Or maybe it's more basic than that. We all lived for a few months in our mothers then we were born. Some people never get over that initial degree of change, it's just too much. Maybe the change that death proposes to bring is just one change too many as it leaves few options as to how to avoid it or gripe about it, so they cling onto what they know and what they are comfortable with rather than find out if their belief has any real weight.
By Meshugganah  Mar 25, 2009
48
My God doesn't need heroic efforts to do His work, whatever that might be.
By crowe60  Mar 25, 2009
47
"From a financial perspective spending an enormous percentage of healthcare costs on the intensive care in the last week of life is incredibly painful while we watch so many struggle to get primary care needs met. What it comes down to for me is when I speak to patients I have known for years who are facing death and ask how they see the end of their life playing out never once have I heard someone tell me they wish to be in an ICU, on a ventilator, with IVs, catheters and other invasive procedures going on to the last minute. Not once. For those of us who have been there to resuscitate someone aggressively, per their wishes, who has no chance of surviving it will forever change the way I look at this. I want for my patients what I want for myself: to be at home or in a place they love, free from pain and anxiety, surrounded by friends and family."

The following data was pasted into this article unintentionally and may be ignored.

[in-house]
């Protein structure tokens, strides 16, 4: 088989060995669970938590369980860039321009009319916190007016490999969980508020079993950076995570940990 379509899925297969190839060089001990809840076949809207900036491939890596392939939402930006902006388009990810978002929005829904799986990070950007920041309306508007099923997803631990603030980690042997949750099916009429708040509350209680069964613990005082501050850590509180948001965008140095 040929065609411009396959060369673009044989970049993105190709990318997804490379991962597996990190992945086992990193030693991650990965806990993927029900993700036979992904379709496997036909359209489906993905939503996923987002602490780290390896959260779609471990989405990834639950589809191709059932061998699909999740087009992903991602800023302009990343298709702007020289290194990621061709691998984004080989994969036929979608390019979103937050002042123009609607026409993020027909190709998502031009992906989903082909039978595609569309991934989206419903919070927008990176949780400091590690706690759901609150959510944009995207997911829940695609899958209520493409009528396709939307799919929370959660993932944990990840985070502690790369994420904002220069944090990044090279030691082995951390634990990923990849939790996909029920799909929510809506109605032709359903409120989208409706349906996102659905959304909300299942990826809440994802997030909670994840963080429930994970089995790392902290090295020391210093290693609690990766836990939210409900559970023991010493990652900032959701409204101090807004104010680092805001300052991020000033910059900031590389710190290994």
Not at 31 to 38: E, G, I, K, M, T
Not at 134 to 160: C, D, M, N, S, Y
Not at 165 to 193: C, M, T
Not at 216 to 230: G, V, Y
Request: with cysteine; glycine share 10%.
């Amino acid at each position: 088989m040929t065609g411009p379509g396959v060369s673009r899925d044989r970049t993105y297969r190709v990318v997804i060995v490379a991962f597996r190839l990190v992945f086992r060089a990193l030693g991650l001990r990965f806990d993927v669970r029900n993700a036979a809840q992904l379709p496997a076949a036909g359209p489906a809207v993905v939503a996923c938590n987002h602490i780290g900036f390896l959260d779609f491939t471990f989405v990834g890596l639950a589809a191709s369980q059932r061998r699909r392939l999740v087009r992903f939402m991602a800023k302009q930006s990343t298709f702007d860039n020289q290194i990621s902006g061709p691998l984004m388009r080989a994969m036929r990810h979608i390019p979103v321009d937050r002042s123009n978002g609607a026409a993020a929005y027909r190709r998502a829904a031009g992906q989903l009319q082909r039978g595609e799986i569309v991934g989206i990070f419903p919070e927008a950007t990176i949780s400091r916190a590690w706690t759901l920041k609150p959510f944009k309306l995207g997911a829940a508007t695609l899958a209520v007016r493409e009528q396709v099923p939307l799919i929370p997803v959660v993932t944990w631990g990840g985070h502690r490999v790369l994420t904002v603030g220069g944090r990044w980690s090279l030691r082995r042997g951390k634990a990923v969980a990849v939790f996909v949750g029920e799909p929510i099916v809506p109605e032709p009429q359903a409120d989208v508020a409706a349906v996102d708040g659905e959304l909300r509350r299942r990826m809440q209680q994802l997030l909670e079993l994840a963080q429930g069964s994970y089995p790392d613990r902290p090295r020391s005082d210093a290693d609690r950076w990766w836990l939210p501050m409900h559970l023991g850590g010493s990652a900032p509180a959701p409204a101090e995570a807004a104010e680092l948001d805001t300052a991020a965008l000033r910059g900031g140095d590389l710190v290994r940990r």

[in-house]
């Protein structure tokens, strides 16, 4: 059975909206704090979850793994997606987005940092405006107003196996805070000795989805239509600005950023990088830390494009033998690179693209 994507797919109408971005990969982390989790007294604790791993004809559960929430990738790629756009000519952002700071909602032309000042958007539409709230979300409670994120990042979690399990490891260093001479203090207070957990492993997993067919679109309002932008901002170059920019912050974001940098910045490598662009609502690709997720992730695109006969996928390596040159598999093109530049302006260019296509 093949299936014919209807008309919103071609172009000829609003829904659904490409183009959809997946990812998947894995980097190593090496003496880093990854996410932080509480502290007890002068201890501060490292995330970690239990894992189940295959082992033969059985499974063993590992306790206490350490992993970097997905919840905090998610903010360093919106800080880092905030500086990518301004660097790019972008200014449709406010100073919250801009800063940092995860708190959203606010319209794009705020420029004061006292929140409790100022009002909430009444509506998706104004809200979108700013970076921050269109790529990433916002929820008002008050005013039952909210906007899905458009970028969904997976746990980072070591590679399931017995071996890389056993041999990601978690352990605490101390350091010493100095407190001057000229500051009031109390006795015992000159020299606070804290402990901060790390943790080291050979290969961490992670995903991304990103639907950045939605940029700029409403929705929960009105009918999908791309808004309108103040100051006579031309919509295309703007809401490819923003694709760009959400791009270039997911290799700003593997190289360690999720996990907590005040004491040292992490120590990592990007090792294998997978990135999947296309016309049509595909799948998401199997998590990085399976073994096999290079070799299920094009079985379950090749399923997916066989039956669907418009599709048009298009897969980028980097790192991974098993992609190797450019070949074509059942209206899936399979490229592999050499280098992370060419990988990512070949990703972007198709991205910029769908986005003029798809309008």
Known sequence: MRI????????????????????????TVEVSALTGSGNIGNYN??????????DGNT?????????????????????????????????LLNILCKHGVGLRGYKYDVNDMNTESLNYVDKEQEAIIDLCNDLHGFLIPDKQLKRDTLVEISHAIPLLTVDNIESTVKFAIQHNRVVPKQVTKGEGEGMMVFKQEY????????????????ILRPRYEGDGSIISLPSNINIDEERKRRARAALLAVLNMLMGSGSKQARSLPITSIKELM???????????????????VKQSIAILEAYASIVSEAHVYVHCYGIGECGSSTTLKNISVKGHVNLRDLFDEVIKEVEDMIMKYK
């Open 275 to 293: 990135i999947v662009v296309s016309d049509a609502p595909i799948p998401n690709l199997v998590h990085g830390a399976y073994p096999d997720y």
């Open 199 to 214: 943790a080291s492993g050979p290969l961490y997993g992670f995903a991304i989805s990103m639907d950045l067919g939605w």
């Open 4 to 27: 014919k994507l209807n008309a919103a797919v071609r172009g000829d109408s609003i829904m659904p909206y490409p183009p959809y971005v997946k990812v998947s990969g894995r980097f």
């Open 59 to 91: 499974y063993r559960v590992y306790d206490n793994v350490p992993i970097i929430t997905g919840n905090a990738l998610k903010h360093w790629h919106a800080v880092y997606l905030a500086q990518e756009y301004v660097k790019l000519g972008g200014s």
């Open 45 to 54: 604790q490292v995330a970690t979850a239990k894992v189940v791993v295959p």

It's obvious Dr Orrange that you view elderly dying patients requesting extreme measures to prolong their lives a drain on financial resources -I find this incredibly disturbing!

It sounds nice to say that you wish your patients to be able to die peacefully at home as you would wish for yourself, but doesn't it depend on what the patient him/herself wants, and the circumstances of their medical requirements? Maybe they think they're going to go home after the treatment? And it's nice to know that you give your patients ice-chips if they request it, but what about if they're unable to request it? Shouldn't all dying, starving, dehydrated patients be naturally given ice-chips - and regularly?